With the Qatar World Cup now over, the domestic season can finally get going again. It’s been a very unique season so far and the major European leagues have been forced into a month-long break at a time when the season normally starts to kick up a notch.
As players return from their World Cup duty, with some dejected and others in ecstatic moods, it’s the job of the clubs to now ensure they can maintain utmost concentration for the gruelling second half of the domestic campaign.
To do so, clubs are taking their own unique approach to help players adapt back to the club level.
Most are giving the players an adequate amount of time off to get refreshed and then come back in high spirits. Others are playing them in friendly games and giving them balanced training regimes to avoid the risk of injuries.
Manchester United have come up with a really interesting way of helping their players bounce back from the World Cup hangover.
Erik ten Hag has made use of his personal connections to hire a team of ‘life coaches’ who will help the players deal with any psychological issues or exhaustion following their participation in the major international competition.
Ten Hag is well aware that players will return from Qatar with different emotions and in contrasting frames of mind.
So he’s hired some coaches from the Dutch company Talent Academy Group (TAG) to help identify the players’ emotional transition and get them to re-focus on the club level quickly.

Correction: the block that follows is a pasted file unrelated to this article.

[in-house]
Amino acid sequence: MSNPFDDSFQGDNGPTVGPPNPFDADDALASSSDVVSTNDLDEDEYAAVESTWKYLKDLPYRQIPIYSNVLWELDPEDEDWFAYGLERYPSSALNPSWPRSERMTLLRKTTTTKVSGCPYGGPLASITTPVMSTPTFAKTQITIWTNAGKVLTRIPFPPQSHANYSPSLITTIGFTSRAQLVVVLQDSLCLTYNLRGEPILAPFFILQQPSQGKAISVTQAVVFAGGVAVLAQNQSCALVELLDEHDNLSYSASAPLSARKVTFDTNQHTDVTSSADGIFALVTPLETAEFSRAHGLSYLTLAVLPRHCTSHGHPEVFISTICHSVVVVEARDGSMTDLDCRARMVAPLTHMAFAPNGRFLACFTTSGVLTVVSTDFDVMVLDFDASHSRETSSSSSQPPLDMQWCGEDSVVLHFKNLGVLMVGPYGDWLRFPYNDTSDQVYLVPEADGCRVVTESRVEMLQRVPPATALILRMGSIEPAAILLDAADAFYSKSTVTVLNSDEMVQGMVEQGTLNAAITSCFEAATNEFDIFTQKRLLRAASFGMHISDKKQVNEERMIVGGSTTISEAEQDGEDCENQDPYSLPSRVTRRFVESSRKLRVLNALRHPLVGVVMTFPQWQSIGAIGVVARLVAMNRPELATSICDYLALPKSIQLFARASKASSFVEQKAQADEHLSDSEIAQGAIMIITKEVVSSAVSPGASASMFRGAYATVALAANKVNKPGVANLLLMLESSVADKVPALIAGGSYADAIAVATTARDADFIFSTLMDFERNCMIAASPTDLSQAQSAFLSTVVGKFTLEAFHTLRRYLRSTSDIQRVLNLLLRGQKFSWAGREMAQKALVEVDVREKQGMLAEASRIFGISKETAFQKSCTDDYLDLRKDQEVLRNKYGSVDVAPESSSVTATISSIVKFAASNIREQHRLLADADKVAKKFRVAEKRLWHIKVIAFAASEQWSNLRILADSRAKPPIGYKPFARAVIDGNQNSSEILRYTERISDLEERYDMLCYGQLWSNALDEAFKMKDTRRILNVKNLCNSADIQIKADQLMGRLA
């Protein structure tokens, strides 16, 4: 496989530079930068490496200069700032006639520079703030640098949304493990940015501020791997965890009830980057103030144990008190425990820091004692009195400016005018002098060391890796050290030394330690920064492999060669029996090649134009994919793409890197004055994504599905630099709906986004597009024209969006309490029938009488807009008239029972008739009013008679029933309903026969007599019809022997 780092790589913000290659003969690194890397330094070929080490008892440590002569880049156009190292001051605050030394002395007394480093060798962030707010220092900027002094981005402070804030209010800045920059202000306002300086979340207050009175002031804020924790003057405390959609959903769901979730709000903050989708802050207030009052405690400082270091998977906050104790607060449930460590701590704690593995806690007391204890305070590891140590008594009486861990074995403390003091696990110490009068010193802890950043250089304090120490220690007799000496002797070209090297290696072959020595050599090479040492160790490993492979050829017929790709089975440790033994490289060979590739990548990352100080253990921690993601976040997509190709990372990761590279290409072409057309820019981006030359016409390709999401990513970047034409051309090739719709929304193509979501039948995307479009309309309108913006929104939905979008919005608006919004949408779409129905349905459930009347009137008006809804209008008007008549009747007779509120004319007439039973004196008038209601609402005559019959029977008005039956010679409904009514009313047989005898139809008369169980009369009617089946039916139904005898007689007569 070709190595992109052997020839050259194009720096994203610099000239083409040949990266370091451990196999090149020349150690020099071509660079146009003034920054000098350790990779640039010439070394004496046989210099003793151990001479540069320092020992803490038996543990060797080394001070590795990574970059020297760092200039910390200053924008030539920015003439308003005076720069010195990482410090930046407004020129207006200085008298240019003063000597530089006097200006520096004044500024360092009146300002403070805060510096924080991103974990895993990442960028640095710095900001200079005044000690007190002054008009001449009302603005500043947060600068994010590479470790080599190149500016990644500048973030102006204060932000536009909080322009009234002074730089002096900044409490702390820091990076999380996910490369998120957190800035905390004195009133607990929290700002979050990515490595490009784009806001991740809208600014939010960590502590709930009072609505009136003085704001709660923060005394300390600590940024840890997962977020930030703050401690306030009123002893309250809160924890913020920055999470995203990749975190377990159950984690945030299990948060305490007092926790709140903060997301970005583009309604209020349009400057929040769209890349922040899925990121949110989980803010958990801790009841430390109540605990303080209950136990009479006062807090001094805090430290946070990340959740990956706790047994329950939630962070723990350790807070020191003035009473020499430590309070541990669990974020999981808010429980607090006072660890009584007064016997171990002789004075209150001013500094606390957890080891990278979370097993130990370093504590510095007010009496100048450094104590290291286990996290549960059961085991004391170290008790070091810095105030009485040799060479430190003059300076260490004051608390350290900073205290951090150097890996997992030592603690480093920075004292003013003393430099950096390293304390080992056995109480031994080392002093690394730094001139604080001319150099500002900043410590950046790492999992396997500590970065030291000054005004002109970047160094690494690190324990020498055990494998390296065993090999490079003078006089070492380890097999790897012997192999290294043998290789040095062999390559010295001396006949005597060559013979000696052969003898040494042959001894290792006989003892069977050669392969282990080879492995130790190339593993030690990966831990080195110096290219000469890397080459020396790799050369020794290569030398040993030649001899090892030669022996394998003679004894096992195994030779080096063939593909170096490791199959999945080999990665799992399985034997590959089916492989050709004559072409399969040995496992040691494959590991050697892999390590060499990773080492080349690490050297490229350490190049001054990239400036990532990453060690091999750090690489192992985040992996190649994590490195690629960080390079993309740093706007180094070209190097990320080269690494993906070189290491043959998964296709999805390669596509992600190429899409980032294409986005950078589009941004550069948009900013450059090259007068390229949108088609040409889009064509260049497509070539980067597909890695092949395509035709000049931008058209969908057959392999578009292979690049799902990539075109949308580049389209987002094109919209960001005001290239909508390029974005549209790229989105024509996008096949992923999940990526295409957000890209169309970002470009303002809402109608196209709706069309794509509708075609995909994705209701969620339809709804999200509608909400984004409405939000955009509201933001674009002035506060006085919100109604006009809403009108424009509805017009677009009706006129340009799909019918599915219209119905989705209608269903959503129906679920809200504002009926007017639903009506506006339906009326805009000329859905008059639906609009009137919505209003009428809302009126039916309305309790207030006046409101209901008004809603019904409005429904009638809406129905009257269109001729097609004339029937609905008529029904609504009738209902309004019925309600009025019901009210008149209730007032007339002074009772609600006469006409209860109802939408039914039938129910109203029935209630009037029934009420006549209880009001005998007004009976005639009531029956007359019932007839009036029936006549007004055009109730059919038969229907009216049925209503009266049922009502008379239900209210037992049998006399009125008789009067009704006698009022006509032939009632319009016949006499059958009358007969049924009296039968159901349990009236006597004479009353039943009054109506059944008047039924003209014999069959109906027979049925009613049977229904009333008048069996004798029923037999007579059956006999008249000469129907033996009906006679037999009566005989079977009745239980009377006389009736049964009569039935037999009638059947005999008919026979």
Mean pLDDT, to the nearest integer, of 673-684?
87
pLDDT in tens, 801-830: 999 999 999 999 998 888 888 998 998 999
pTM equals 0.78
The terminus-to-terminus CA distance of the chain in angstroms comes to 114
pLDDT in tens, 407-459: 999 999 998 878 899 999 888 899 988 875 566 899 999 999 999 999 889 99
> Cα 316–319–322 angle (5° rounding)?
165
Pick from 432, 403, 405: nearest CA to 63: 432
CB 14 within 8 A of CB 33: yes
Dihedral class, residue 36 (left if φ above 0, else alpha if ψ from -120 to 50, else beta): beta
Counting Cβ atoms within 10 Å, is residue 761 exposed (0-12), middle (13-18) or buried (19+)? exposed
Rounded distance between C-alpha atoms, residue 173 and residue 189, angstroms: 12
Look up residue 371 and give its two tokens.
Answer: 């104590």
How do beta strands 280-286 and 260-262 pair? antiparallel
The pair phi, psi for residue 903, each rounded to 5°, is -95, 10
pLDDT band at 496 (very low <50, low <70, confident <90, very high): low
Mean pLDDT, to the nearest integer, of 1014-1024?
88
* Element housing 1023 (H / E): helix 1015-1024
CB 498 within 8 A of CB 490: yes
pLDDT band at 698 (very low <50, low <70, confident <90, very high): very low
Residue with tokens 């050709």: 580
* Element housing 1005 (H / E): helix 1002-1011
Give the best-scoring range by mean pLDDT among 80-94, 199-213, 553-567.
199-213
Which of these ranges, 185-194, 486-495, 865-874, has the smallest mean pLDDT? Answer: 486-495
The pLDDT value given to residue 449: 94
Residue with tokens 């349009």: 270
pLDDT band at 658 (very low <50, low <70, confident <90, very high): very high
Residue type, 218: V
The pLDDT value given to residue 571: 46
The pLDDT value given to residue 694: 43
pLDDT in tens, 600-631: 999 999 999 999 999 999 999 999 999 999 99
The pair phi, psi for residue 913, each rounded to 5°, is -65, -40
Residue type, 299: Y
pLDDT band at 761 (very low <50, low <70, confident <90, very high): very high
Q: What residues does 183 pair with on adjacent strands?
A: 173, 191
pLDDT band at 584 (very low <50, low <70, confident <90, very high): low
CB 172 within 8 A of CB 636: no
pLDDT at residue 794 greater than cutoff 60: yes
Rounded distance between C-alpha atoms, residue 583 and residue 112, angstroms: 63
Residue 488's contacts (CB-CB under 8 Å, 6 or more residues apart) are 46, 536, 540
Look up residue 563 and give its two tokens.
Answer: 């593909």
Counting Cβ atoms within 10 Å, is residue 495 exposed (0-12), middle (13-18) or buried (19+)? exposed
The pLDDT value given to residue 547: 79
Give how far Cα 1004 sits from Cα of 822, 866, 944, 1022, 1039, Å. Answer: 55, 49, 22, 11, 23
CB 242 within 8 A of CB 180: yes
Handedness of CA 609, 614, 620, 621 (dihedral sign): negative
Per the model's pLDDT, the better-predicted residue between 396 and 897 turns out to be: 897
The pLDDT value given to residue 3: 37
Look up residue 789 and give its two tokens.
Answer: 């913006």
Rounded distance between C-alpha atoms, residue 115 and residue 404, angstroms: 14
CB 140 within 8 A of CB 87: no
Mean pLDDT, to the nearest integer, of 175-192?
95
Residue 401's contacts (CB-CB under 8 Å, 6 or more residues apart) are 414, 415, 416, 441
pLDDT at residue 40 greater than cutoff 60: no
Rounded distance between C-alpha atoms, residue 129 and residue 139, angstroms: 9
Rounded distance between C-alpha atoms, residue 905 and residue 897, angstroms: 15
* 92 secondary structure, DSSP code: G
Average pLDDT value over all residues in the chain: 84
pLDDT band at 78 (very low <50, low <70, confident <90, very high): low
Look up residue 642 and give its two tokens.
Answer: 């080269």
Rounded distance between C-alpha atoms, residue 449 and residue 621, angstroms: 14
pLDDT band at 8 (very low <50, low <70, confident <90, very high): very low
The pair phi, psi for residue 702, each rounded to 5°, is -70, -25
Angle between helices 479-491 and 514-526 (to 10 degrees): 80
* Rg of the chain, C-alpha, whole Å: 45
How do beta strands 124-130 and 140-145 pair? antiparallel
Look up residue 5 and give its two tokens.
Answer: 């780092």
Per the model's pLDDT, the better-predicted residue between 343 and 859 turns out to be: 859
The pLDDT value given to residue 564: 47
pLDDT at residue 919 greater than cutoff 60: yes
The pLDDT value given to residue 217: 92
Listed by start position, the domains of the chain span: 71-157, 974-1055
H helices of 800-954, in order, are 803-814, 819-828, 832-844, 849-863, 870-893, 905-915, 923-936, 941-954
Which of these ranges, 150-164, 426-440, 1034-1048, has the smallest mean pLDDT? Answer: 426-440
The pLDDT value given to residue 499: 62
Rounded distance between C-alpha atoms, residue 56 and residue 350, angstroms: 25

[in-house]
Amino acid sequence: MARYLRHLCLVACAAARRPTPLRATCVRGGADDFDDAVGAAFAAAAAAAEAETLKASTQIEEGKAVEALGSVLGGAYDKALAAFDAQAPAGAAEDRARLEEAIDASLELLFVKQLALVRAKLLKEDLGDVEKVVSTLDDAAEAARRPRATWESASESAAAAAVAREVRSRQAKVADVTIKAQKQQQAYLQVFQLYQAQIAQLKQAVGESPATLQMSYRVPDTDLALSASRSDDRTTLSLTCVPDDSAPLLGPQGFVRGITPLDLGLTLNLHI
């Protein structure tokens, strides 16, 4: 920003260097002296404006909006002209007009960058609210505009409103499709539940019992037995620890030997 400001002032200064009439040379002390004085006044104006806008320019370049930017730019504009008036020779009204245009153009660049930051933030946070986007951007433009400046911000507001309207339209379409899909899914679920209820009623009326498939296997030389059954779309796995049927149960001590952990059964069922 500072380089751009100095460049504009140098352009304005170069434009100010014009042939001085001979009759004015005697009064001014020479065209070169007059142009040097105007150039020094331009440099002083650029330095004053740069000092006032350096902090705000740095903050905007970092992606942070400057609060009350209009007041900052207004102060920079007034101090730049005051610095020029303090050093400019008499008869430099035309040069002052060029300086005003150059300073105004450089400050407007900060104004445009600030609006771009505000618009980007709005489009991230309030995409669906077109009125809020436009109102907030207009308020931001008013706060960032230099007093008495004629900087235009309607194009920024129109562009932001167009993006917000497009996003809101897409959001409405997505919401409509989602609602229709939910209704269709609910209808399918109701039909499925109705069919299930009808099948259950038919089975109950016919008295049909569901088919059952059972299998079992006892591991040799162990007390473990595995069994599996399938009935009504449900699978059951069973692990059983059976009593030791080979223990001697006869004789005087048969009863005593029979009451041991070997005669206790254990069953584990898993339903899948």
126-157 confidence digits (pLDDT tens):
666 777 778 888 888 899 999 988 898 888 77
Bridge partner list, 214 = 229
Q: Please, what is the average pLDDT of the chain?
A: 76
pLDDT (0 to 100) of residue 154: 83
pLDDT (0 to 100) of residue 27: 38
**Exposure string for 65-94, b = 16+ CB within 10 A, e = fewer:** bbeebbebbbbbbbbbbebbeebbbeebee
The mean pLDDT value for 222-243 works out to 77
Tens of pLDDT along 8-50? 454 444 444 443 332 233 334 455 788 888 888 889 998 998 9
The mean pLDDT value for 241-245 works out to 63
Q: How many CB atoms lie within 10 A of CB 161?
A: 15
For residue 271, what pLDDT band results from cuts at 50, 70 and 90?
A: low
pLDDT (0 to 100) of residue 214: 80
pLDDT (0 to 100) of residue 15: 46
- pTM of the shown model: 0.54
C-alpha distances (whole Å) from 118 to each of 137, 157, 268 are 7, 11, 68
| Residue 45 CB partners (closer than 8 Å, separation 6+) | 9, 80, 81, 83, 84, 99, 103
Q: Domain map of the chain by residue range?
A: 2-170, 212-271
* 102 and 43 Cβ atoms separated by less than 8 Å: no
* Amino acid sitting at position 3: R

Rainier Koers, a performance coach from TAG was also with the United squad in their winter training camp in Spain.
Koers describes himself as a life coach and said about his style in the past: “Helping people makes me very happy. I do that by listening, watching and feeling what is going on with the other person and making them aware of unconscious behaviour towards change.”
United had 13 players participate in the World Cup and saw most of them end the tournament with mixed results.
Lisandro Martinez, who won the competition with Argentina, faces the toughest adaptation back to club-level football alongside Raphael Varne (who played in the final) – as the two have the least amount of resting period before having to get back to top-level football.
Captain Harry Maguire, who had a solid World Cup campaign, is always under pressure at Old Trafford because of the overwhelming amount of criticism he gets every time he plays for them.
The newly hired experts will be tasked to work with heavily-criticized players like him, identifying their problems and eliminating them quickly to ensure they can perform at the highest level as well.
Ten Hag has been quite understanding of the possibilities of the mental strains players face at Old Trafford.
He has already sent Jadon Sancho to train on his own in the Netherlands after he failed to make England’s World Cup squad. The Dutchman insists that Sancho won’t return until he is both physically and mentally fit to play for his side.
The United manager has also reportedly consulted some Tour de France cycling teams in his time off for advice on optimum sleeping patterns and nutrition levels for his players.
Ten Hag is proving himself as the ultimate ‘modern manager’ with such innovative moves and ensuring he can get his players at their fittest for the gruelling second half of the season.